These observation cars are also accessible—each carriage in GoldLeaf has a mini elevator large enough for a wheelchair or ECV. (But people with balance issues should be careful on board; the trains are almost always in motion.)

Like all Rocky Mountaineer trips, this one was all-inclusive, and that's what gives this adventure its luxury edge. Meals are included and prepared fresh on board. Beverages are also covered, including wine and simple cocktails (don't miss the Caesar, a Canadian twist on the Bloody Mary that's made with Clamato). Your foldout tray table can be stocked with champagne and nibbles every minute of the trip if that's what you want. Service is attentive and upscale casual, but not snobbishly white glove.

Pictured above: a view through the glass dome toward the end of Day Two, after the train crossed into Alberta

GoldLeaf's lower level is where you'll find the two lavatories and, in the main section, the dining area (pictured above) and its attached galley. 

Thoughtfully, mealtimes are planned for periods when there are fewer scenic highlights to photograph—although if we're being honest, the pretty views never fully quit. 

Rather than serving prepackaged meals as airlines do, the Rocky Mountaineer employs an onboard culinary team to prepare fresh, multicourse meals and cater to dietary requests. The head of cuisine places a priority on sourcing local ingredients such as Canada-raised beef and crisp cracker snacks bought from a baker located along the line.

There's a new menu each day. This was a crab ravioli that, perhaps coincidentally, flaunted the red and white of the Canadian flag. 

All in all, the food was delicious but not too heavy. Despite the lulling motion of the train, I never saw any passengers slip into a food-induced nap after mealtimes.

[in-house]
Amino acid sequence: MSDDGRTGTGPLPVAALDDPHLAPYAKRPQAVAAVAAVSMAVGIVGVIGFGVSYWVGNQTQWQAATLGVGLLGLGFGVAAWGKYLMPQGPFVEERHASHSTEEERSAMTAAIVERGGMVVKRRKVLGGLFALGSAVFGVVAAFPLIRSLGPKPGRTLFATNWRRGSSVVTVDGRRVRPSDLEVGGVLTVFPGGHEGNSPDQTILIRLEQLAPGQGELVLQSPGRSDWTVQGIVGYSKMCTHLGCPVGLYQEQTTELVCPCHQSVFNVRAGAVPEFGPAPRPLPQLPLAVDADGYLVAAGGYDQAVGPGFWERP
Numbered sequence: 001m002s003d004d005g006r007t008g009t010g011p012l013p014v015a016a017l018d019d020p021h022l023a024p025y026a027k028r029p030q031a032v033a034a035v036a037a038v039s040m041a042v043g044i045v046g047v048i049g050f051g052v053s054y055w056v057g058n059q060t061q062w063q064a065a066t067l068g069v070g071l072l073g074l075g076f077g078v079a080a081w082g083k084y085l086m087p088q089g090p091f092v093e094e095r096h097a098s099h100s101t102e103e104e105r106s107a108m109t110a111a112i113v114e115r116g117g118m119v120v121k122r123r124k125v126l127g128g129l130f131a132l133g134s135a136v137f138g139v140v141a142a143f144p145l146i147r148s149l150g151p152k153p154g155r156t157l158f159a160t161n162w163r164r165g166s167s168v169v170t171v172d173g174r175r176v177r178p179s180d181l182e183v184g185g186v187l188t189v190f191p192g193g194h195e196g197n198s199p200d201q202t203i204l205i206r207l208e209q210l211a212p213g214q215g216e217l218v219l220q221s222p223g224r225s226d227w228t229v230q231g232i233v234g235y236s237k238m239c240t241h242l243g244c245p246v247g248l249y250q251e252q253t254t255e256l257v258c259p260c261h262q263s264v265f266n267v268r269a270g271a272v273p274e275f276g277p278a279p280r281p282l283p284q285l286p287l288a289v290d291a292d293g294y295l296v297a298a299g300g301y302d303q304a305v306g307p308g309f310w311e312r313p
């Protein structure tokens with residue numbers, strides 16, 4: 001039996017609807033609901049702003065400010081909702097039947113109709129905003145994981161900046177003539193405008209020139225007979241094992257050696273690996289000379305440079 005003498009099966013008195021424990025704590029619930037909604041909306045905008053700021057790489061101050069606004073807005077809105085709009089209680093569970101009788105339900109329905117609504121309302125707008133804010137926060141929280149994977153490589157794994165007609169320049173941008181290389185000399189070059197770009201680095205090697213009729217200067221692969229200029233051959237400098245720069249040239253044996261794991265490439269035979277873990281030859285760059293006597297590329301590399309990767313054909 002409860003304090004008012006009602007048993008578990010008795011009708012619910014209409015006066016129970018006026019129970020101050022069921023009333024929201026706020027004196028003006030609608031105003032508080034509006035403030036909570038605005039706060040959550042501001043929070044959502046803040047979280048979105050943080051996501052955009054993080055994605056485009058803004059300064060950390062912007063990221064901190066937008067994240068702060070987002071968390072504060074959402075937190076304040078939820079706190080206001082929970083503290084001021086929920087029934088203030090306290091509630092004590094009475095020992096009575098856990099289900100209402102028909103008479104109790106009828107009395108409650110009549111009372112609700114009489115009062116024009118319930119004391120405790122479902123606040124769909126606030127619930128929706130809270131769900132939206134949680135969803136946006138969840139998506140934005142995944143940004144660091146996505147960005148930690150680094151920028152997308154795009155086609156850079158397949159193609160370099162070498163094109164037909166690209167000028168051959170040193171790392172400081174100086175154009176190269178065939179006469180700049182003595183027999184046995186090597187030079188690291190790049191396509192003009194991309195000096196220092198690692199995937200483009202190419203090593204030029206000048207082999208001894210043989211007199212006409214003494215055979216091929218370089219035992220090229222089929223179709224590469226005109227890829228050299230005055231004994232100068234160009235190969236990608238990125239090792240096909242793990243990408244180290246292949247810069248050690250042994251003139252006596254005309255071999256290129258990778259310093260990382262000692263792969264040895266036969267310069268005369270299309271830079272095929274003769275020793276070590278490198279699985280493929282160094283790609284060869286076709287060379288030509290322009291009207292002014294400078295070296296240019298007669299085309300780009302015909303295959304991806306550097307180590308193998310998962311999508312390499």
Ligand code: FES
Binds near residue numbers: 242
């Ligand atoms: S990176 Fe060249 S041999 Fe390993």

Rocky Mountaineer Canada train: review
Rocky Mountaineer

The last component of the lower level of a GoldLeaf car is the sheltered outdoor platform. Although hemmed in by the adjoining train carriage, this space supplies a chance to get fresh air, inhale those primal forest scents, and take photos unobstructed by even the optimal windows on the upper deck.

Don't expect much of a mobile phone signal out here, though. For much of every day, you'll be traveling through wilderness miles from even the smallest hamlets, and there's no Wi-Fi on the train. That's your cue to unwind and live in the moment while you're aboard.

Rocky Mountaineer has a second class, too. SilverLeaf Service carriages hold a maximum of 56 passengers.

SilverLeaf's observational windows, while generous, aren't as huge or as elevated as in GoldLeaf. The seating is comfortable but older, reclining with a standard, not-very-loungey slide mechanism.

SilverLeaf dining is less elaborate as well. Instead of adjourning to a dedicated dining area, which doesn't exist in this class of service, you receive meals at your seat from trolleys, like on an airline. Dishes can still cater to dietary requirements, but the menu and cocktail list are shorter than in the higher class of service.

GoldLeaf Service costs 20–30% more than SilverLeaf Service, but to me, the upgrade is unquestionably worth it. When you're on a train for 10–12 hours a day, as I was on First Passage to the West, you need periodic moments for stretching, and SilverLeaf can't offer you that space. While GoldLeaf has the dining area and outdoor platform to change the scene and get your blood moving, SilverLeaf has none of those, and there's no common lounge area in standard SilverLeaf Service where you can give your body a break and mingle with your fellow guests.

GoldLeaf is simply much better suited both to socializing and long travel days than SilverLeaf is, so make the splurge.

If you're looking at Rocky Mountaineer's sole American route, Rockies to the Red Rocks, SilverLeaf is the only class of service available, because clearances on the U.S. line can't accommodate the taller GoldLeaf carriages. That may not present a big problem because days on the U.S. itinerary are shorter than on the Canadian lines. For the American route, if you want that extra space to stretch and mingle, you need to upgrade to SilverLeaf Plus, which is not available on the Canadian routes.